With summer in full swing, gardens everywhere are poppin’ off as evidenced in our #virtualtailgate group on Facebook. After a few weeks of seeing everyone’s harvest being used in images, I decided to get creative with some given herbs and one of my favourite dishes to play with–pasta. But this doesn’t have to be a pasta dish. Pesto can be utilized in a myriad of different ways such as on pizza, over eggs, on a sandwich, with potatoes, over roasted vegetables, etc. I ended up putting it over some roasted chicken breasts to accompany my pasta.
I was on my way home from work on a Wednesday thinking about what to do for dinner. I knew there was a Ziploc bag full of basil my mother had given me from her garden starting to go bad sitting on my counter that I had been meaning to use all week, and just hadn’t gotten around to it. My brain easily went to pesto. It’s fast, its easy, and I already had everything I needed at home. The fantastic thing about a pesto is that you can go all over the place creatively. At its base it consists of: oil, acid, herbs, and nuts. Traditionally, a pesto alla genovese would have basil, pine nuts, garlic, parmigiano-reggiano and pecorino sardo blended with a good olive oil. “Pestâ” in Genoese literally means “to crush”. The same root base is used in the word “pestle” in a mortar and pestle, which could be used to make this dish. And that’s all there is to preparing a pesto. No cooking necessary. Every single element in this dish can be subbed out for something else. I utilized the garden basil, mint from my own front yard, and some parsley from the fridge with pistachio nuts from my pantry, garlic, lemon juice, pecorino romano, and olive oil. I used those items because I had them already, but I have also used things like arugula, spinach, walnuts, almonds, red chili flakes, sun dried tomatoes, pepitos…the possibilities are truly limitless.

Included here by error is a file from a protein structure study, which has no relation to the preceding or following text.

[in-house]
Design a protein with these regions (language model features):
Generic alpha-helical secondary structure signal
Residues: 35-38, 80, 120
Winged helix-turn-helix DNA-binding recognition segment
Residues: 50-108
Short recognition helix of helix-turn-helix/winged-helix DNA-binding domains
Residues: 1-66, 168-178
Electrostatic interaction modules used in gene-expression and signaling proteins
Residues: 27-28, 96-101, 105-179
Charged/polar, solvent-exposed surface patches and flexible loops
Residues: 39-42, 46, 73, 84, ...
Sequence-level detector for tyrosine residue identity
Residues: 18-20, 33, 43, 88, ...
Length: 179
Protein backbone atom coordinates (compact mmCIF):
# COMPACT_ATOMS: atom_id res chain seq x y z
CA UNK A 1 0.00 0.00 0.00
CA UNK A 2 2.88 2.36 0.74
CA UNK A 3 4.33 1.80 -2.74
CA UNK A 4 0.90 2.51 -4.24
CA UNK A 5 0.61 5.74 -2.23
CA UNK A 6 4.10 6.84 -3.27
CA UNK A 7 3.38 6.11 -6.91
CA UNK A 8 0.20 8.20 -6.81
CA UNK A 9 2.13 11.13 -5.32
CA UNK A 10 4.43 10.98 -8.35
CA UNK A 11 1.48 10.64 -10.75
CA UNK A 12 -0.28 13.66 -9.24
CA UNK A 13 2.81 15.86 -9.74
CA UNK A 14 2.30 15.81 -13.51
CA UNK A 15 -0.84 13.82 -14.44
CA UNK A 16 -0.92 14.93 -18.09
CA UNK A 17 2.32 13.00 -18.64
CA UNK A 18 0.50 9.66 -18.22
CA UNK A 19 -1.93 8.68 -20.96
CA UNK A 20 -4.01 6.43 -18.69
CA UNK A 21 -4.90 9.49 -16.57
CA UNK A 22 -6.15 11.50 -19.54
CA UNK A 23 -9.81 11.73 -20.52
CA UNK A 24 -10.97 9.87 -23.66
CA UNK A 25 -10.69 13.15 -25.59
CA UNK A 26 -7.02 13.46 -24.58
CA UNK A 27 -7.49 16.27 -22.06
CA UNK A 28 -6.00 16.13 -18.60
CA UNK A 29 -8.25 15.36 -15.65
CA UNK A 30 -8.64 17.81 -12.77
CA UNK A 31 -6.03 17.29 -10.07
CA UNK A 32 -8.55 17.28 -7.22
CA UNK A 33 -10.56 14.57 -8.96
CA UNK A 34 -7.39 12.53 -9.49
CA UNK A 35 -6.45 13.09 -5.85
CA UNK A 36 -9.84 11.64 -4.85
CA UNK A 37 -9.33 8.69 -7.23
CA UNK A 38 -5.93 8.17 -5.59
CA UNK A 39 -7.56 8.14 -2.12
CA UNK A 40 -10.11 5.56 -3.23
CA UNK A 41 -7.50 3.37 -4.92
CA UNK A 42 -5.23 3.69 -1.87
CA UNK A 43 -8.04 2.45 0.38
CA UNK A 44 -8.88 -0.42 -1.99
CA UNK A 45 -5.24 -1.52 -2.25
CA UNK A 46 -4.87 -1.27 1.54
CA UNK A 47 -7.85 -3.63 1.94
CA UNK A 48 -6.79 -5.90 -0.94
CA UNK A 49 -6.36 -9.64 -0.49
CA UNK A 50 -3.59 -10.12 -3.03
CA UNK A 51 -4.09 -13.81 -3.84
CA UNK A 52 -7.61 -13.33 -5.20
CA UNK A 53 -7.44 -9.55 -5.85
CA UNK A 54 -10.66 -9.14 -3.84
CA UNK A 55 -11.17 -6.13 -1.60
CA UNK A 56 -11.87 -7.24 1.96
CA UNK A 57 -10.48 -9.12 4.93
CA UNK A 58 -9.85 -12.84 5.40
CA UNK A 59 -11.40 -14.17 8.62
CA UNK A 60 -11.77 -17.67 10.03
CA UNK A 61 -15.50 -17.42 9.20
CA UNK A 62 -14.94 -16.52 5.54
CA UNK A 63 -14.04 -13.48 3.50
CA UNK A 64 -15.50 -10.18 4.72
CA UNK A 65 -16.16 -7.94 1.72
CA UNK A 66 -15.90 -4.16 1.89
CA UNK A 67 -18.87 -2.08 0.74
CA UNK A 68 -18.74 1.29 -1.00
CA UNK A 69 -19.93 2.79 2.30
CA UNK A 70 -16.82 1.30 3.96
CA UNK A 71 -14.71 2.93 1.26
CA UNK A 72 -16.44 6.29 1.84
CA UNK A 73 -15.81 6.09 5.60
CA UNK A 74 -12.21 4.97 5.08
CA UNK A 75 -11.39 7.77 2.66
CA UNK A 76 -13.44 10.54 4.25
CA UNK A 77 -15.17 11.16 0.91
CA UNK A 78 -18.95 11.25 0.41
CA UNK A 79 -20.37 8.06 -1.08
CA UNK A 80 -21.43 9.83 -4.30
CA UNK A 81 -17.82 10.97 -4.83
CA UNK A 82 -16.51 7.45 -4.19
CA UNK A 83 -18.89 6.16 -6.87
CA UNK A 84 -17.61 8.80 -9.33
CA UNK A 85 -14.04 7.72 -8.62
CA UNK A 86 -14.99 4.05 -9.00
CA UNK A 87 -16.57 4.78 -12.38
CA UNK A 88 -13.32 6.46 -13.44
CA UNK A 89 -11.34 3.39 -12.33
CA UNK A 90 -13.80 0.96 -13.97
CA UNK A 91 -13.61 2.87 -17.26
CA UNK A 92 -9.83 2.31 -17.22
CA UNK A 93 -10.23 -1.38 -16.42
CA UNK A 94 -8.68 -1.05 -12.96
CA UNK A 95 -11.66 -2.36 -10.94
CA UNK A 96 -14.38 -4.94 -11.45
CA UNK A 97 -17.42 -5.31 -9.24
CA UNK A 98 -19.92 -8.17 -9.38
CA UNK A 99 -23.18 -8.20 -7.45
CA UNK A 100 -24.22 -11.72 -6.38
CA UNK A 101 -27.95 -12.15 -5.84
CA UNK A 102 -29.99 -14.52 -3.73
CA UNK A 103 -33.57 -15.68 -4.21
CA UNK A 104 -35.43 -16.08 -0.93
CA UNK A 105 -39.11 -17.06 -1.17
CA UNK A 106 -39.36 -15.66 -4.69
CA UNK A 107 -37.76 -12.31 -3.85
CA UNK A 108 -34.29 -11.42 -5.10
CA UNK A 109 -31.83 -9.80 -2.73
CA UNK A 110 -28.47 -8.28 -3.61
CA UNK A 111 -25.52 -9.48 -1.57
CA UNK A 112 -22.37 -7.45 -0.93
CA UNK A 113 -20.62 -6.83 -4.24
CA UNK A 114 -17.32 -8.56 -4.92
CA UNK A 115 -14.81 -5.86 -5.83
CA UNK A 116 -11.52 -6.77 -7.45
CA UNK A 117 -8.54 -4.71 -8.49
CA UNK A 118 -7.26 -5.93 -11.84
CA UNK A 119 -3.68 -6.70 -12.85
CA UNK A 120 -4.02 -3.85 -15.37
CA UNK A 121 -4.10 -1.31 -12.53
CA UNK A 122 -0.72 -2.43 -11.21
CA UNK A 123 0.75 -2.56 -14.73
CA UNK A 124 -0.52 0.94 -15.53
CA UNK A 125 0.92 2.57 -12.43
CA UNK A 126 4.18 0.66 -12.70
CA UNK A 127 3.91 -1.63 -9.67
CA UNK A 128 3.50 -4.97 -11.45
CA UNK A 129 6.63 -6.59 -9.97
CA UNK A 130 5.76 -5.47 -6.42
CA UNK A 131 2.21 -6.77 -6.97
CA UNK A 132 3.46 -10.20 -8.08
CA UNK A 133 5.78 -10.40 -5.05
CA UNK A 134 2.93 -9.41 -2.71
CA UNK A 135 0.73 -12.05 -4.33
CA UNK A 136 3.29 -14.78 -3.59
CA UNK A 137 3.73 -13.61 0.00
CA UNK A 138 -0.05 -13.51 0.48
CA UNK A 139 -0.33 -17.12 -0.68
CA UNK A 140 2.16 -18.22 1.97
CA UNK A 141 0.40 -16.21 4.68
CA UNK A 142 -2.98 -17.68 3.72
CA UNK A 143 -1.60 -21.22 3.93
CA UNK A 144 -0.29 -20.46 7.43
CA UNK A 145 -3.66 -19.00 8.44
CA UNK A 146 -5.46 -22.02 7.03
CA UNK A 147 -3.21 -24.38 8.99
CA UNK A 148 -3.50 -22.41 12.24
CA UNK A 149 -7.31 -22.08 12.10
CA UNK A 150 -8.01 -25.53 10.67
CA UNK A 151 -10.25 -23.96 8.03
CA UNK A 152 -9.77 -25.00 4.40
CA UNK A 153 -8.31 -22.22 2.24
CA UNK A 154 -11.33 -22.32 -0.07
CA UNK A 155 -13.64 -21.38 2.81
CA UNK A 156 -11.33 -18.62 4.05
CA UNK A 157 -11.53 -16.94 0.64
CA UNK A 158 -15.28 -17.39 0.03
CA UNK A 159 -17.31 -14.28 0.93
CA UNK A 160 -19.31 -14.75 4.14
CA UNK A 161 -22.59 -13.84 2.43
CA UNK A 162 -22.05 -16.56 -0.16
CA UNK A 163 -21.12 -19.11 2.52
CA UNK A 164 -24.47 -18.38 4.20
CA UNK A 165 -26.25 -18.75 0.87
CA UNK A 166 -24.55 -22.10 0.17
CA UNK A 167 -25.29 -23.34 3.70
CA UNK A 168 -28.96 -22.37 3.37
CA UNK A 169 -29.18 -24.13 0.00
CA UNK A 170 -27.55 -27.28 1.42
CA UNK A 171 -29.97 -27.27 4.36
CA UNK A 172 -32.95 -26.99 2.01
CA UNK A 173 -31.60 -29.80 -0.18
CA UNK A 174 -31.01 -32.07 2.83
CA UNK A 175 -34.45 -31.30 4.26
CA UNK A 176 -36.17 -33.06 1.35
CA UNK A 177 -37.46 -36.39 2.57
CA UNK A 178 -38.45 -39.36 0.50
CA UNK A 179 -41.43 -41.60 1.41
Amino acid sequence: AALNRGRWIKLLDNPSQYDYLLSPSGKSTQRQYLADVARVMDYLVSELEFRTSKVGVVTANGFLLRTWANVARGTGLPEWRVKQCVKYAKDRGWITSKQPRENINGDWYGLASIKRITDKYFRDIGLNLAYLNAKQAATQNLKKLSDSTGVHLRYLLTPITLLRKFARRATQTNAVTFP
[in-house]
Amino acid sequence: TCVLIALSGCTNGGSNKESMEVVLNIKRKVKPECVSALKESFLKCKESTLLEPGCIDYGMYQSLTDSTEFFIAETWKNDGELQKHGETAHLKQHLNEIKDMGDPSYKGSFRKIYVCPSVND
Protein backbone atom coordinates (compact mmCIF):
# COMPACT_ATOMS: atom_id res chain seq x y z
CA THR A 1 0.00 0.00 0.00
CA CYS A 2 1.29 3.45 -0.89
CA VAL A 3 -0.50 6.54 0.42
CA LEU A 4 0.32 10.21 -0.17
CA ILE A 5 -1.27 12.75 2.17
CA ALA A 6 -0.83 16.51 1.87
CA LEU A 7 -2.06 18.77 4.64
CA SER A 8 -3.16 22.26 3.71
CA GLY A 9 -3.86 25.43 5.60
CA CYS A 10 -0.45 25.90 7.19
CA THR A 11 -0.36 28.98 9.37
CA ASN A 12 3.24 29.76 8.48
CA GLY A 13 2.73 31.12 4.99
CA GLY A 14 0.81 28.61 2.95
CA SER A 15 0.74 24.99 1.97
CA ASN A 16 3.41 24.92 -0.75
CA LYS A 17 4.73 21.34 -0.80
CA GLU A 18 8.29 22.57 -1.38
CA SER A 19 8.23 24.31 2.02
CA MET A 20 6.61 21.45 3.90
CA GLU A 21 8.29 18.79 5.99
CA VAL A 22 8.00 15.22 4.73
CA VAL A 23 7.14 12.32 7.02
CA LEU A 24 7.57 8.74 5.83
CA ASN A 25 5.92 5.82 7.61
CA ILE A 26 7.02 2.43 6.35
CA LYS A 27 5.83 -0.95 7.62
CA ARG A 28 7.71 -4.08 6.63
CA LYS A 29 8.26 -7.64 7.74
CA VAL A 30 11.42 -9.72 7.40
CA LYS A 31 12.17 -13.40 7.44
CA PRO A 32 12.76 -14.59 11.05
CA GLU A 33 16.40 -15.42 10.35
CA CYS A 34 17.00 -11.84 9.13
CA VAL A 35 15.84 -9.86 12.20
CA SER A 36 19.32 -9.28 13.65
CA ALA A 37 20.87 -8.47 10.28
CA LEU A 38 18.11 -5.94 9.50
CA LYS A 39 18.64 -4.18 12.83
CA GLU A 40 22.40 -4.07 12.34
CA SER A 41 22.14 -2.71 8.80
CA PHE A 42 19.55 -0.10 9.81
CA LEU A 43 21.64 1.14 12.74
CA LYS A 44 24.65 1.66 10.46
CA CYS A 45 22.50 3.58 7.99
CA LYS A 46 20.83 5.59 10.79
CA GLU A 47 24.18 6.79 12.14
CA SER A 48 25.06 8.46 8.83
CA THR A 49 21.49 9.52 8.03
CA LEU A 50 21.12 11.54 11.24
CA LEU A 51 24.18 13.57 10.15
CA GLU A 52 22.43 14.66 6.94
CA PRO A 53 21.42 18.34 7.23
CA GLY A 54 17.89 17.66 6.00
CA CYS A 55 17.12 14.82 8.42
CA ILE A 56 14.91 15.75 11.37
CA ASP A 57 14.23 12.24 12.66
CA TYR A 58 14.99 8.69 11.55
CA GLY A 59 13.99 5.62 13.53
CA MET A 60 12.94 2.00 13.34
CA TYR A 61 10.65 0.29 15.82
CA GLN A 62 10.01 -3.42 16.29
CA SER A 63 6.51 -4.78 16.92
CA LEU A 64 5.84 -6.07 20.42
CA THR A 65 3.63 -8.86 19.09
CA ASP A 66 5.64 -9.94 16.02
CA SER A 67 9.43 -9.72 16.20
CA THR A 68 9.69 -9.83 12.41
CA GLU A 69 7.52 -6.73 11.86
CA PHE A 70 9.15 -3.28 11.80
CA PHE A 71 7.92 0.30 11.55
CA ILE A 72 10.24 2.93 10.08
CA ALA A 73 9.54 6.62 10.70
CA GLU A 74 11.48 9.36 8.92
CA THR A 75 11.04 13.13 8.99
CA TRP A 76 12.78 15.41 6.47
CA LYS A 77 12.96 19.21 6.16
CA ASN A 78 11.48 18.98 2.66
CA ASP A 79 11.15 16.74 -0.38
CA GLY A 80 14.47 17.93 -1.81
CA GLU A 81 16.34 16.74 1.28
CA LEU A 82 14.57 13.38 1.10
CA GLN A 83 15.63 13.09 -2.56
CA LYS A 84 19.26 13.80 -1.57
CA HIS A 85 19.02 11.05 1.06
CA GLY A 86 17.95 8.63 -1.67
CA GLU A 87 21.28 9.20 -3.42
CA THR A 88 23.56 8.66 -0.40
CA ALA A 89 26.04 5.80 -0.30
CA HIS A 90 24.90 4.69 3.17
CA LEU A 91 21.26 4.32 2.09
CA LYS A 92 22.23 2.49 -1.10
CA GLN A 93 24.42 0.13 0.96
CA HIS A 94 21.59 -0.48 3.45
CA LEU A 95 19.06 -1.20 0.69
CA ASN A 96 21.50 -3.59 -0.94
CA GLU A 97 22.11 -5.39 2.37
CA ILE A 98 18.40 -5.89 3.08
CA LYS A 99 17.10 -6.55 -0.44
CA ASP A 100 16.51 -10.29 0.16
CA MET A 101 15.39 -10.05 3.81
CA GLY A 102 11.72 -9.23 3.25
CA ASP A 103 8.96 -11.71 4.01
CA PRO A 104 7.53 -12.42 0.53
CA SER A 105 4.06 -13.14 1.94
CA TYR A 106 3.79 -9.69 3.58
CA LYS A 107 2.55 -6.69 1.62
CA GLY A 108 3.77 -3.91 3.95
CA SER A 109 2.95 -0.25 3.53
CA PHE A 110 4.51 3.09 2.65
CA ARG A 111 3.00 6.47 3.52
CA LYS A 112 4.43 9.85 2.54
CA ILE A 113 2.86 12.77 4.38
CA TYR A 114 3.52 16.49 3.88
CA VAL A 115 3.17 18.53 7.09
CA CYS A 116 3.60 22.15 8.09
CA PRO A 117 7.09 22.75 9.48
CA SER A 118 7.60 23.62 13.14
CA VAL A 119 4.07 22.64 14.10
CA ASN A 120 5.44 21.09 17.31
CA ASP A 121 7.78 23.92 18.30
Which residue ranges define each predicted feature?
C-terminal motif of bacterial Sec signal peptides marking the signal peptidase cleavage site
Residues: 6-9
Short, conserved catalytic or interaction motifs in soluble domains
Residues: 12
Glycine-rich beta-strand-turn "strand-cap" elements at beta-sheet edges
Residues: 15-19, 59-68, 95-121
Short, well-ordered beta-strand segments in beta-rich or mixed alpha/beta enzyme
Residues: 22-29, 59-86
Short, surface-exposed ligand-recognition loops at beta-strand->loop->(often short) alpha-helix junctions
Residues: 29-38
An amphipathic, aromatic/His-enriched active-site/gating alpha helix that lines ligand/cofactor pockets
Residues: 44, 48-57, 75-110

So, pour yourself a tall glass of your favourite brew after a long work day and go see what your garden has to offer your pesto creation. The measurements below are, of course, approximations. As you play with switching out elements, experiment with the ratios also. Always do you. I hope to see some new ideas pop up on in the group during the coming weeks! -Dustin
¾ cup Pistachio nuts, roasted and unsalted
½ cup Extra-Virgin Olive Oil
1 cup Basil
1/2 cup Mint
1/2 cup Parsley
1 tsp Lemon juice
1 Garlic clove
¼ cup Pecorino Romano
Salt and Pepper to taste
Course grind everything in a blender to desired consistency, adding more oil as needed to smooth it out.